Come to a public forum with the Dog Committee
To the Editor:
The Carlisle Dog Subcommittee invites you to participate in a public forum on Wednesday, March 14, at 7 p.m. at Town Hall to gather your feedback on proposed bylaws governing dog ownership and dog related matters in Carlisle. The Dog Subcommittee addressed the issues mentioned at the public forum in December of 2017 and the new bylaws can be found at: www.carlislema.gov/Pages/CarlisleMA_BOS/Carlisle-Animal%20Control%20Bylaw%20-Revised%20draft%20for%20public%20inp.pdf.
The Dog Subcommittee was constituted by the Board of Selectman, and has been meeting since last summer to revise Carlisle’s outdated bylaws concerning our furry friends. Among other things, the committee’s recommendations would create new standards for dog control, would implement licensing requirements for commercial dog walkers operating within the town and would propose meaningful enforcement penalties and the means of enforcing them when violations occur.
The Dog Subcommittee intends to bring revised bylaws to Town Meeting this Spring for passage on the Town Warrant. The Subcommittee encourages discussion now so that any changes can be made prior to submission to the Town Warrant and have quick acceptance at Annual Town Meeting. This will be the last public forum so now is the time for interested parties to participate in the dialogue and comment on the new bylaws. We look forward to seeing you on March 14 and hearing your comments.
Mill Pond Lane
Dog Subcommittee co-chair
Join the Poppy Project
To the Editor:
Sunday, November 11, 2018 will be the centenary of the end of World War One, and the establishment of Armistice Day, (now Veterans Day in the USA), around the globe.
Carlisle will be recognizing the significance of this event with the installation of a field of hand-crafted poppies flowing down from a scarf around Lady Liberty in the rotary, and across to the new Roll of Honor in the Common. Similar installations will also be happening in Australia, the UK and Canada.
In order to create the thousands of poppies we need contributions from anyone who would like to help. If you do want to learn a new skill, knitting, crocheting, sewing or felting, there will be events focusing on teaching you throughout the spring and summer. There are also lots of other ways to get involved including helping with the installation in November, and we also have opportunities for middle and high school student community service hours. Free “Create a Poppy “craft kits for one poppy are available at the Gleason Public Library.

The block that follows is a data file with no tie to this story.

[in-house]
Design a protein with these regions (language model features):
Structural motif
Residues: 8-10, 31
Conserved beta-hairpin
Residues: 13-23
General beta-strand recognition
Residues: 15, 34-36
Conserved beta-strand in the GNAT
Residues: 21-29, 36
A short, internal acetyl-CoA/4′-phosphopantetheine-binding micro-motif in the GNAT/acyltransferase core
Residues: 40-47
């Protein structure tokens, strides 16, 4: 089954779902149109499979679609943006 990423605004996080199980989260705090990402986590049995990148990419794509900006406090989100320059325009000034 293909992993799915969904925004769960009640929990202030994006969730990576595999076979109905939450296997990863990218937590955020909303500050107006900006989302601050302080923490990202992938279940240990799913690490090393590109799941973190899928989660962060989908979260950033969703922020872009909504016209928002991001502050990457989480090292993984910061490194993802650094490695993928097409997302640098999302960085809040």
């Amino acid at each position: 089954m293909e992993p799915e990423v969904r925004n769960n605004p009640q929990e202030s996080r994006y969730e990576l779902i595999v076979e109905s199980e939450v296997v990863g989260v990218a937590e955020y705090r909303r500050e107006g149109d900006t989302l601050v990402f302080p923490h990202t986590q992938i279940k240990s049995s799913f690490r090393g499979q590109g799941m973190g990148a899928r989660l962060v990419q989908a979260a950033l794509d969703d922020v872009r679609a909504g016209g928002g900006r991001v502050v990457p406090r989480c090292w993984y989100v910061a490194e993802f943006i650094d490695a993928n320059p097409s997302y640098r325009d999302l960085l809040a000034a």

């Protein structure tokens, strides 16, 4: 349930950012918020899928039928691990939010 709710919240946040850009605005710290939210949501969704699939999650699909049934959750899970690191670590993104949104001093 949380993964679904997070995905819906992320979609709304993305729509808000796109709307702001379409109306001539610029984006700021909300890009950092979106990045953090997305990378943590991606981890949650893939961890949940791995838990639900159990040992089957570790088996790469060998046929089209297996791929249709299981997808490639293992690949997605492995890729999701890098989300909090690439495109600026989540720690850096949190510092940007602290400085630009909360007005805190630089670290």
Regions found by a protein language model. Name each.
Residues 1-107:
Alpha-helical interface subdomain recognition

Further information on how to get involved, including patterns on how to create poppies is on our website. https://carlislepoppyproject.weebly.com and follow the latest happenings on our Facebook page “Carlisle MA Poppy Project”.
Please come to our first open house “Pop Up Poppy Party” creating crochet and knitted poppies this Sunday March 11 March at 4 p.m. at 128 Heald Rd. Please note, this event is for those who are 12 years and older, (there will be events for smaller children later). Email an RSPV to firstname.lastname@example.org if you will attend this party, and bring along knitting needles, crochet hooks and yarn as listed on the website.
Re: An open letter to CCHS superintendent
To the Editor:
First off, I am fairly new to Carlisle, being here just shy of five years, but in that time, we have fallen in love with the town, and we are grateful for the wonderful neighbors who surround us. When I read the letter that Darragh wrote this past week I was taken aback for several reasons. My first feeling was sadness that she and probably many others in the community, have great fears for their most precious belongings, their children and their safety. As I read on though, I felt that the politics and raw emotions of the most recent terrible event in her words, and as her conversation turned more political I felt the need to voice my opinion on the matter.